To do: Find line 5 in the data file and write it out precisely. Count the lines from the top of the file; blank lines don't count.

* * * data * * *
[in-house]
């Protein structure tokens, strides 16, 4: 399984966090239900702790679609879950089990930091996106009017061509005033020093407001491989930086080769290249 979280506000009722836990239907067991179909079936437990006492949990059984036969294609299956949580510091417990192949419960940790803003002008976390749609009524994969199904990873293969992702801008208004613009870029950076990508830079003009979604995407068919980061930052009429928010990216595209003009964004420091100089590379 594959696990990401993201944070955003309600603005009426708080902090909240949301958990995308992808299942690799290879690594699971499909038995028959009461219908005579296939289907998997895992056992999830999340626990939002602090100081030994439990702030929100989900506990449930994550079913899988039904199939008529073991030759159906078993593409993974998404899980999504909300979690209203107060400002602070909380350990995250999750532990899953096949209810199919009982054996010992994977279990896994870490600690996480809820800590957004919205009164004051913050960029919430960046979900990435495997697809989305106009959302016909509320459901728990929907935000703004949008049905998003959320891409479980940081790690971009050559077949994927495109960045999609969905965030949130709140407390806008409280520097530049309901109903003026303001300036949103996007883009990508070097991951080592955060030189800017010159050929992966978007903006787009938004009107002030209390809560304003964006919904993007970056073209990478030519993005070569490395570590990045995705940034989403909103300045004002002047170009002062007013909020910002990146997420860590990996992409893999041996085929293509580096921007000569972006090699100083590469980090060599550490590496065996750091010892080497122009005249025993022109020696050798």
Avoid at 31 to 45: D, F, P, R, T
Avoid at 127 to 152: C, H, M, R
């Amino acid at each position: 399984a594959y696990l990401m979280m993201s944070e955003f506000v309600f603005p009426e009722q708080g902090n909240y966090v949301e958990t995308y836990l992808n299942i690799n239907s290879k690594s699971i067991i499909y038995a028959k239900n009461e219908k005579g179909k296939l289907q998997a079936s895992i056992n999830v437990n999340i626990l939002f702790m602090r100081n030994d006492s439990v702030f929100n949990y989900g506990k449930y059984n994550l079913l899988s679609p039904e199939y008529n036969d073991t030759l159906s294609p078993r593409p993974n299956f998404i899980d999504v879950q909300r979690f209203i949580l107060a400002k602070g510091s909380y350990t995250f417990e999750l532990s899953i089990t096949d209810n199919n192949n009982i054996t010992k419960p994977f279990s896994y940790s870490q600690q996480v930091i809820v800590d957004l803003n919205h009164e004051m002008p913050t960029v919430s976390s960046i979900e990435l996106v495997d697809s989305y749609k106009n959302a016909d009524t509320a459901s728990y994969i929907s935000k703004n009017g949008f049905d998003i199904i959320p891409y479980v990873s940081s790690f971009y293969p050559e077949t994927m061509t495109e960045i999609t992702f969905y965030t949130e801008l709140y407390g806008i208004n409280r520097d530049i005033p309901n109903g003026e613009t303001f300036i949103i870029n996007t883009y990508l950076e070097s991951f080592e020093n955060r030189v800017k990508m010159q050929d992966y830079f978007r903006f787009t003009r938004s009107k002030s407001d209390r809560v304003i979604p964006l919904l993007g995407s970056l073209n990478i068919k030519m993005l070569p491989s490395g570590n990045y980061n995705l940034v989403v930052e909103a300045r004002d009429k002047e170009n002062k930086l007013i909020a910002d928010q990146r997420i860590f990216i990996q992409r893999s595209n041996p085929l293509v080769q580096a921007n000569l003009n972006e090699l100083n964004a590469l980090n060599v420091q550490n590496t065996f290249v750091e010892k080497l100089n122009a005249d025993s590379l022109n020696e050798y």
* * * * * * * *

């Amino acid at each position: 399984a594959y696990l990401m979280m993201s944070e955003f506000v309600f603005p009426e009722q708080g902090n909240y966090v949301e958990t995308y836990l992808n299942i690799n239907s290879k690594s699971i067991i499909y038995a028959k239900n009461e219908k005579g179909k296939l289907q998997a079936s895992i056992n999830v437990n999340i626990l939002f702790m602090r100081n030994d006492s439990v702030f929100n949990y989900g506990k449930y059984n994550l079913l899988s679609p039904e199939y008529n036969d073991t030759l159906s294609p078993r593409p993974n299956f998404i899980d999504v879950q909300r979690f209203i949580l107060a400002k602070g510091s909380y350990t995250f417990e999750l532990s899953i089990t096949d209810n199919n192949n009982i054996t010992k419960p994977f279990s896994y940790s870490q600690q996480v930091i809820v800590d957004l803003n919205h009164e004051m002008p913050t960029v919430s976390s960046i979900e990435l996106v495997d697809s989305y749609k106009n959302a016909d009524t509320a459901s728990y994969i929907s935000k703004n009017g949008f049905d998003i199904i959320p891409y479980v990873s940081s790690f971009y293969p050559e077949t994927m061509t495109e960045i999609t992702f969905y965030t949130e801008l709140y407390g806008i208004n409280r520097d530049i005033p309901n109903g003026e613009t303001f300036i949103i870029n996007t883009y990508l950076e070097s991951f080592e020093n955060r030189v800017k990508m010159q050929d992966y830079f978007r903006f787009t003009r938004s009107k002030s407001d209390r809560v304003i979604p964006l919904l993007g995407s970056l073209n990478i068919k030519m993005l070569p491989s490395g570590n990045y980061n995705l940034v989403v930052e909103a300045r004002d009429k002047e170009n002062k930086l007013i909020a910002d928010q990146r997420i860590f990216i990996q992409r893999s595209n041996p085929l293509v080769q580096a921007n000569l003009n972006e090699l100083n964004a590469l980090n060599v420091q550490n590496t065996f290249v750091e010892k080497l100089n122009a005249d025993s590379l022109n020696e050798y």